Designed for detergents
Through protein engineering, detergent enzymes are designed for compatibility with detergents. Protein engineering can solve issues related to detergent enzyme stability, a challenge commonly encountered with non-engineered enzymes. In some cases it can even improve performance.
All detergent enzymes break down soils by cleaving the bonds in the molecules of a soil’s components into smaller, more water-soluble fragments. That makes mechanical removal more effective. Surfactants and builders also help the process.
Reducing soaking and scrubbing time
Including enzymes in hand dishwash formulation reduces both soaking and scrubbing time. It also boosts the benefits of both. That’s because enzymes speed up the reaction that breaks down starch and protein soils.
How amylases speed up the breakdown of starch soils
Amylase enzymes and surfactants efficiently remove starch soils from foods like rice, pasta and potatoes. Amylases break down the soil into smaller components, which makes them easier for surfactants to solubilize and remove.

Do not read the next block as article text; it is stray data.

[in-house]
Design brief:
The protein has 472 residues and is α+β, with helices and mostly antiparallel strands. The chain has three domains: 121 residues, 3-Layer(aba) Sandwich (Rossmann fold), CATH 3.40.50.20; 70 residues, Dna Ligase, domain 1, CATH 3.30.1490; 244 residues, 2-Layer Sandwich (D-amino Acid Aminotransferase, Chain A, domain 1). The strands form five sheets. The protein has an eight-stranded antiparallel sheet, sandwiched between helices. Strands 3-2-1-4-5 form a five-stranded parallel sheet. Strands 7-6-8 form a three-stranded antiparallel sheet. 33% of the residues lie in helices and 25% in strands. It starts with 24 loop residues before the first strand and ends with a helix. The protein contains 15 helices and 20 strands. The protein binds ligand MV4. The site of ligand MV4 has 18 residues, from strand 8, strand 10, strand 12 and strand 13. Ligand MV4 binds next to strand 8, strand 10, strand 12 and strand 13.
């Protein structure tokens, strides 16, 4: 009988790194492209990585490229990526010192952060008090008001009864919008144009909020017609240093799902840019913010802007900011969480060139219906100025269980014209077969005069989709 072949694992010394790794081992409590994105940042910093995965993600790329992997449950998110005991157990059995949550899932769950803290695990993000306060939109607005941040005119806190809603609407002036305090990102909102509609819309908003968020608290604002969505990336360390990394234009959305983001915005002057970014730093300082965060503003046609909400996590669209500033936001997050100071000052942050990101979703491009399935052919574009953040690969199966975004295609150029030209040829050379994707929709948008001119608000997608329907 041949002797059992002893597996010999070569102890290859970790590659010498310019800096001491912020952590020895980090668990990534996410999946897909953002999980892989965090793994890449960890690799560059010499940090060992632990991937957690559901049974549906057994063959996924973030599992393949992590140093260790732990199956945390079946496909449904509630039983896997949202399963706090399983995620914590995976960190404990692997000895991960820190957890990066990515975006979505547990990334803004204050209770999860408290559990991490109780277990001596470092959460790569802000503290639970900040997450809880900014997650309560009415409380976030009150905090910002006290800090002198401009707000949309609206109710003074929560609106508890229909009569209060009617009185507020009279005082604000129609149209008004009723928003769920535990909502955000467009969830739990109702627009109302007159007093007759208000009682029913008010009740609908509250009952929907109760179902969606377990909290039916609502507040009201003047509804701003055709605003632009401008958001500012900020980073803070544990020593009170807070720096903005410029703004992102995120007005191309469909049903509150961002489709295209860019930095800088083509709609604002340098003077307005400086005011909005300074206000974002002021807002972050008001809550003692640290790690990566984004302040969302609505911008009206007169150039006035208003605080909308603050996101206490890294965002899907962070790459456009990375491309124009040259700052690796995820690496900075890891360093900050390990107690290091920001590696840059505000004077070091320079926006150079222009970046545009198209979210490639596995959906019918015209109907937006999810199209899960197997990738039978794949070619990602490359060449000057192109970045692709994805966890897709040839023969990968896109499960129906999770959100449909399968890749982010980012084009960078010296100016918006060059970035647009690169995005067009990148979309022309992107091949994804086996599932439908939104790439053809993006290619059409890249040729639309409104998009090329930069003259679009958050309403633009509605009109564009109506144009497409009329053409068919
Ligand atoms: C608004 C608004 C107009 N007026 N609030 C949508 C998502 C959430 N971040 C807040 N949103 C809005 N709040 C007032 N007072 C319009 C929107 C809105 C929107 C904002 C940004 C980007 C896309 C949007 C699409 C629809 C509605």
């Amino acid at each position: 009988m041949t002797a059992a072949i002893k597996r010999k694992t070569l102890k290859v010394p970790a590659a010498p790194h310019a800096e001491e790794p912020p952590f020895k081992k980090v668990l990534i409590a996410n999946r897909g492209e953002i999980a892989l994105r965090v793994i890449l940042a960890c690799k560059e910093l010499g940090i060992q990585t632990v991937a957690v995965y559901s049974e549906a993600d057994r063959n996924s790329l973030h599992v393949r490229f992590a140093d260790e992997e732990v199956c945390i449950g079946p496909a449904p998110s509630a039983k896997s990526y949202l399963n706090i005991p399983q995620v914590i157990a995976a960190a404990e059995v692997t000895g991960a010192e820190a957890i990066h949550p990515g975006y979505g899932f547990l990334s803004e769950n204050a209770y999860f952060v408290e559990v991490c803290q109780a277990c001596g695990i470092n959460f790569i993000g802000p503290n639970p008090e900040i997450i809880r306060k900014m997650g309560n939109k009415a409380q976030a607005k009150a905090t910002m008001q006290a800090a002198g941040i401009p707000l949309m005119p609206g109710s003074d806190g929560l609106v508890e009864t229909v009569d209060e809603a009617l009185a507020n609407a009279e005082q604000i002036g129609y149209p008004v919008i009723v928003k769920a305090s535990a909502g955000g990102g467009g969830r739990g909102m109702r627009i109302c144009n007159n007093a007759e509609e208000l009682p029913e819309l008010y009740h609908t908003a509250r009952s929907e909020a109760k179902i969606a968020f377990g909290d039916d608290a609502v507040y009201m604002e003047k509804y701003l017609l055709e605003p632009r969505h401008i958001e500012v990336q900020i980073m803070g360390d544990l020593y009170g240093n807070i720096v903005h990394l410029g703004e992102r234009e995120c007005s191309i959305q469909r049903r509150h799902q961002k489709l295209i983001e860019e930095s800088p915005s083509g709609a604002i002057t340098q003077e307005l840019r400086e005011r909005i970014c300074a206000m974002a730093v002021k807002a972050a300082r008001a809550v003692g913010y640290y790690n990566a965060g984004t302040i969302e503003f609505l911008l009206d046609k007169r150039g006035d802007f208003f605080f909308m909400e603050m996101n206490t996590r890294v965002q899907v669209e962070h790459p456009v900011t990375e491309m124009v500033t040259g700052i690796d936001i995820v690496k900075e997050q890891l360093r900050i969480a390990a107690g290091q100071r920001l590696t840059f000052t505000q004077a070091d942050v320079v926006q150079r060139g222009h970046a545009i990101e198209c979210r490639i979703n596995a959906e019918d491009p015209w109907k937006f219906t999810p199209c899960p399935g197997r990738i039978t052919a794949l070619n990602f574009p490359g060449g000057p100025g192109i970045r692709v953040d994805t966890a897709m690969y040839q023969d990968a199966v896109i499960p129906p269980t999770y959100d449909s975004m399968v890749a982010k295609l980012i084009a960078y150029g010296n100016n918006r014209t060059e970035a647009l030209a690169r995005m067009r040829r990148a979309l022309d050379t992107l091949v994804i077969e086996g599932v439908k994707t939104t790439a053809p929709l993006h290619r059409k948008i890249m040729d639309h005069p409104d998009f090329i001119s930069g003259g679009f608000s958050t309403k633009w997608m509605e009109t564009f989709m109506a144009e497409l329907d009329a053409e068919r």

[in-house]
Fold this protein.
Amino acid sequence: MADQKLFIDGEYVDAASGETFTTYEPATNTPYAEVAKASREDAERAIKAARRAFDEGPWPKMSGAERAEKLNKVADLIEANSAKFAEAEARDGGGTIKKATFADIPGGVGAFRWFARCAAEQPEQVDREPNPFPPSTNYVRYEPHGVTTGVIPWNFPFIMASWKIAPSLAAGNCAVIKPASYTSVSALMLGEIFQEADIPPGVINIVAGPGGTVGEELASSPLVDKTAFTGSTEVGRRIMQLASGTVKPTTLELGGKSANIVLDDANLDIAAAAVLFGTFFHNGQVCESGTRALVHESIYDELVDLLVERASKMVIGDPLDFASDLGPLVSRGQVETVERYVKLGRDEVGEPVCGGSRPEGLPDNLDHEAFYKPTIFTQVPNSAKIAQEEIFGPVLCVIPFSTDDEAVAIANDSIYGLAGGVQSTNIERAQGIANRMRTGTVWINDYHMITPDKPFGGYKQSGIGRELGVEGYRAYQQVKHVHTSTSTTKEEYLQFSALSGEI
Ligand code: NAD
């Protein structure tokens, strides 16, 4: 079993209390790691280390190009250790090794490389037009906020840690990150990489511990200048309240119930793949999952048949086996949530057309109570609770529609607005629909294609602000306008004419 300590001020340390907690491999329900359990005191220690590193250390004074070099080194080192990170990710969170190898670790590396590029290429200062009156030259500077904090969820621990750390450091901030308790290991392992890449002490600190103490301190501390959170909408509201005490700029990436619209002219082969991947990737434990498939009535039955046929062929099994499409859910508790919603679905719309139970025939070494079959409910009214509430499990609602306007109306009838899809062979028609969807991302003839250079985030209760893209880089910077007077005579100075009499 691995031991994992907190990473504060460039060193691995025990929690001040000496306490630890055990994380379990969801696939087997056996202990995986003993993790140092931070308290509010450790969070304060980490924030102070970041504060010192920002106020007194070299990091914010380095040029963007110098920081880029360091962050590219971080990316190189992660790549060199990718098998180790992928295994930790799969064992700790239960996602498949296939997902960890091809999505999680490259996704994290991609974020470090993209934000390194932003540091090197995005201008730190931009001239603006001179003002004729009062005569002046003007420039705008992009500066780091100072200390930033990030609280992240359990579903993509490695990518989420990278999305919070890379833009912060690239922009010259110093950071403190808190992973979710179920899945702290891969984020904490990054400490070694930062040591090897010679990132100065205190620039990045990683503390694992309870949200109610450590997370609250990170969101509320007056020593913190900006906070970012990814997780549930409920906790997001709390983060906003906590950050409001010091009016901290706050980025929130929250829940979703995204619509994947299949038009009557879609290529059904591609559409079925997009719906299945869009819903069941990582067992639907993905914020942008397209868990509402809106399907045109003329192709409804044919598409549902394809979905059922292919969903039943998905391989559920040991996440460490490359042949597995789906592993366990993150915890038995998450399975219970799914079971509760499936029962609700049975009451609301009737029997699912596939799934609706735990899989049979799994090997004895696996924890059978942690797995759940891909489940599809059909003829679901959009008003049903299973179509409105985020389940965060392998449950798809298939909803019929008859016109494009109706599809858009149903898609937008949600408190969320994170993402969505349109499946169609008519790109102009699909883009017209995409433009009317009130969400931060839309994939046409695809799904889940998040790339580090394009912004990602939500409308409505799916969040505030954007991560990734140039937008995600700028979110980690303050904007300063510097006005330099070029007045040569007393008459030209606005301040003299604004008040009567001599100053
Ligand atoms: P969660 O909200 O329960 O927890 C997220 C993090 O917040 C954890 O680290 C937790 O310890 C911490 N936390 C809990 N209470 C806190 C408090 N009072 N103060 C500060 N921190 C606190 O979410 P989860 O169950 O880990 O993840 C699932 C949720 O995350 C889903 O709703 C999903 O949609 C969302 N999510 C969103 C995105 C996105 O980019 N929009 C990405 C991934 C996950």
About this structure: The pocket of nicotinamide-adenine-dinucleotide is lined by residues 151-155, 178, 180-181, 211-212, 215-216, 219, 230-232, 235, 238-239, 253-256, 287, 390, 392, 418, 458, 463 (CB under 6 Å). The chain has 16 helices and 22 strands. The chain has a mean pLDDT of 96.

Like all enzymes, amylases become active immediately after coming in contact with water. When the activated amylase enzyme comes into contact with a layer of starch molecules, it adopts a specific orientation. This exposes a particular region of the enzyme.
This region is called the enzyme’s active site. It’s partly made up of residues that form temporary bonds with the starch molecules. It also consists of residues that cause a reaction of the starch molecules.
Cleaving the bonds
Amylases cleave the bonds in the molecule at the point indicated by the arrow in the model below. That breaks the starch molecule down into smaller molecules such as glucose. Because these molecules are smaller, they’re easier for surfactants to solubilize.